T wants to leave early and withholding rent

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    T wants to leave early and withholding rent

    Hi

    I got a fairly new tenant and he wants to leave because he thinks the property is dirty and in his mind not fit to live in. He's only been there for about 2 weeks and is threatening legal action to claim compensation for stress caused by him having to clean the place.

    The property was cleaned prior to him moving in but obviously not to his standards. I recalled the cleaners to re-clean and he was still not happy.

    He is now intending to withhold rent as compensation and wants to leave before his minimum term of 6 months. He is intending to seek legal advice on the matter.

    Does T have the right to withhold rent and leave early without compensating the LL?

    Thanks in advance.

    #2
    Tenant has no right to withold rent - full stop.

    Even if he leaves, you could, technically, hold him responsible for the full value of the contract.

    I can not see any court awarding him anything for the 'stress' of cleaning a place - especially when you show the court the invoice from the cleaners!

    However, I think it would be best if you agreed to allow the tenant to surrender his tenancy in exchange for the payment of any outstanding rent, this will allow you to re-let the place to someone who will be willing to pay the rent.

    Comment


      #3
      I agree with Snorkerz, but make sure T leaves the place clean. It always amazes me that tenants who complain most about my cleaning standards leave places filthy!
      To save them chiming in, JPKeates, Theartfullodger, Boletus, Mindthegap, Macromia, Holy Cow & Ted.E.Bear think the opposite of me on almost every subject.

      Comment


        #4
        The cleaning was done to a good standard, but T insists it was substandard. Not sure what planet he is on. I'm doing all I can to calm him down and rectify things but he wants to pursue matters via legal means.

        I've got no problems for him to leave. In fact the sooner the better because I can do without this hassle. The problem is that he believes he is not liable to pay a penny in compensation for my letting agent fees or the minimum 6 months break. His AST is a 12 month contract. He has paid one months rent so far.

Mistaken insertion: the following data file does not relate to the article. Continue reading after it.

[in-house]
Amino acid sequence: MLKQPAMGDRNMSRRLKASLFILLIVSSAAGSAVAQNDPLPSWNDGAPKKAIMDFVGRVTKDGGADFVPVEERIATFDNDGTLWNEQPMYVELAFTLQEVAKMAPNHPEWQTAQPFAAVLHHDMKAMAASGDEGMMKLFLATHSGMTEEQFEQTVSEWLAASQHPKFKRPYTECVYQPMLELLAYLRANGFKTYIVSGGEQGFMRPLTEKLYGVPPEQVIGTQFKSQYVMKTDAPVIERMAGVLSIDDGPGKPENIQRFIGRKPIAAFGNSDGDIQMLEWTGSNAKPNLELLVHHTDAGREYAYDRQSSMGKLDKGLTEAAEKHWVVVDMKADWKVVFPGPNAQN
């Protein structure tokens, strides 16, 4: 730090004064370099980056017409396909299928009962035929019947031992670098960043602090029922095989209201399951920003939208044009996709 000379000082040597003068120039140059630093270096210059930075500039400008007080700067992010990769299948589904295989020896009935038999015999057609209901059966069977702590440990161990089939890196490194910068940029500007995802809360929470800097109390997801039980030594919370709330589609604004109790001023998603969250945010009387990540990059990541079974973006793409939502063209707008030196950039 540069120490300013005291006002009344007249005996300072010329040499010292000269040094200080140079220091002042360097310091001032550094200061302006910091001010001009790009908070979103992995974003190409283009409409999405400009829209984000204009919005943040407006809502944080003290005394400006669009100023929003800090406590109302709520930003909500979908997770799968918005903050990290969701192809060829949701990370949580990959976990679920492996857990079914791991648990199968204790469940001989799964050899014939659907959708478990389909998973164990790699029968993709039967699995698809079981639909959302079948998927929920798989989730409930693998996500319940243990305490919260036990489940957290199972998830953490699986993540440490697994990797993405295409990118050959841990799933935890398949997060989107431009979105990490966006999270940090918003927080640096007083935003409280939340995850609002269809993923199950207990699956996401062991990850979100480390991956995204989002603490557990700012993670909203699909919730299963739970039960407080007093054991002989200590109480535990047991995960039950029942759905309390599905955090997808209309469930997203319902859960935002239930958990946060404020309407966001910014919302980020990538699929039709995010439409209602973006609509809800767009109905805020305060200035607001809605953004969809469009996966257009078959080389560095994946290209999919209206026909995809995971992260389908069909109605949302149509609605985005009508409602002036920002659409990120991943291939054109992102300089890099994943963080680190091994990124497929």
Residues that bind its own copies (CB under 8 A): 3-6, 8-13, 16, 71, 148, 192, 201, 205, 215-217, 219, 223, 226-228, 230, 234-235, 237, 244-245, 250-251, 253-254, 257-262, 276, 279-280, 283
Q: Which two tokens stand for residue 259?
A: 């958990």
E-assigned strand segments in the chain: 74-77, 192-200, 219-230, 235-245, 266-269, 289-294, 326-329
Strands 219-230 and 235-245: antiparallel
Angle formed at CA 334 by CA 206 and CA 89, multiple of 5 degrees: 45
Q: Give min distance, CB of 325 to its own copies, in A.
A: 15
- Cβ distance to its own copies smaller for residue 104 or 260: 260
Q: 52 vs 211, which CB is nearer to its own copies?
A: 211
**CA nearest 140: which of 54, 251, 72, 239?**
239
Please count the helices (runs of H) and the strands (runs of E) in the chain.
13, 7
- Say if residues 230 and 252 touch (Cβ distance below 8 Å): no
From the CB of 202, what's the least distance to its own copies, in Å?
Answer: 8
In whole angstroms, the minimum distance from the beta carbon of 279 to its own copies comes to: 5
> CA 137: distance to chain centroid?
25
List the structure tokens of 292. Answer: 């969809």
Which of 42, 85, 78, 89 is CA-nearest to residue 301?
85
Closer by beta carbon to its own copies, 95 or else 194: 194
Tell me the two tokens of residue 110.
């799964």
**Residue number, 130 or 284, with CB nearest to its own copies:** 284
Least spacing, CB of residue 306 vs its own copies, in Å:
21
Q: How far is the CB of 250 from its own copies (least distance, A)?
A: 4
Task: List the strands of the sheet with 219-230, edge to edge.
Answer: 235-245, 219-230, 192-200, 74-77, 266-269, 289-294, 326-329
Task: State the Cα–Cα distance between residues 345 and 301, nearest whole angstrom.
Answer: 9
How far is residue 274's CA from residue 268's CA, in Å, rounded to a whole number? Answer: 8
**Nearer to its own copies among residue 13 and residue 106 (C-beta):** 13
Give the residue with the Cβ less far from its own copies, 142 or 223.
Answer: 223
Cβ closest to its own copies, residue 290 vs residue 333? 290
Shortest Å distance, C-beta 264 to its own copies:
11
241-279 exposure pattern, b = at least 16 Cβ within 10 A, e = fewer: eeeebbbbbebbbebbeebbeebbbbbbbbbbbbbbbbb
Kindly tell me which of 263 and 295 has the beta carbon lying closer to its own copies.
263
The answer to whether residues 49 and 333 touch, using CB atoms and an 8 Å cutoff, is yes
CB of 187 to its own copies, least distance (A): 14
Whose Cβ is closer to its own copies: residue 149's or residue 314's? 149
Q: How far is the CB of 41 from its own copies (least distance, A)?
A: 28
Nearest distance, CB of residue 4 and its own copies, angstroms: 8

The question is after his month is up do I allow him to leave, return his deposit and take the loss for the the agent fees?

        Thanks in advance.

        Comment


          #5
          I think it is fair if T pays for time he is in residence plus any letting fees (from deposit if necessary.)
          To save them chiming in, JPKeates, Theartfullodger, Boletus, Mindthegap, Macromia, Holy Cow & Ted.E.Bear think the opposite of me on almost every subject.

          Comment


            #6
            Originally posted by jamesknight0 View Post
            I think it is fair if T pays for time he is in residence plus any letting fees (from deposit if necessary.)
            I agree that that is fair - however the T may not be willing to agree to those terms (indeed, from the sound of it won't). In which case, T might remain in property, not paying rent, until he is evicted by a court order. I think letting him go and losing a few hundred in letting fees is preferable to not gettig any rent for the next five months.

            Comment


              #7
              Hmm, but would o/p have to spell out his terms before tenant moves out? Hint, hint.
              To save them chiming in, JPKeates, Theartfullodger, Boletus, Mindthegap, Macromia, Holy Cow & Ted.E.Bear think the opposite of me on almost every subject.

              Comment


                #8
                Originally posted by tsu3000 View Post
                The question is after his month is up do I allow him to leave, return his deposit and take the loss for the the agent fees?
                No, why should you? Certainly do not return the deposit. T signed a binding contract. If you release him from the contract you should not be left out pocket. It's ridiculous for T to expect to get off scot free, let alone for you to pay him! Let him seek legal advice; we all know what they'll tell him. I suspect that it might be nothing to do with the cleaning and he's just decided he wants to live elsewhere.

                Is T employed?

                Comment


                  #9
                  Originally posted by Snorkerz View Post
                  I think letting him go and losing a few hundred in letting fees is preferable to not gettig any rent for the next five months.
                  Depends on whether he's working. If he is then ultimately you could get the unpaid rent back.

                  Comment

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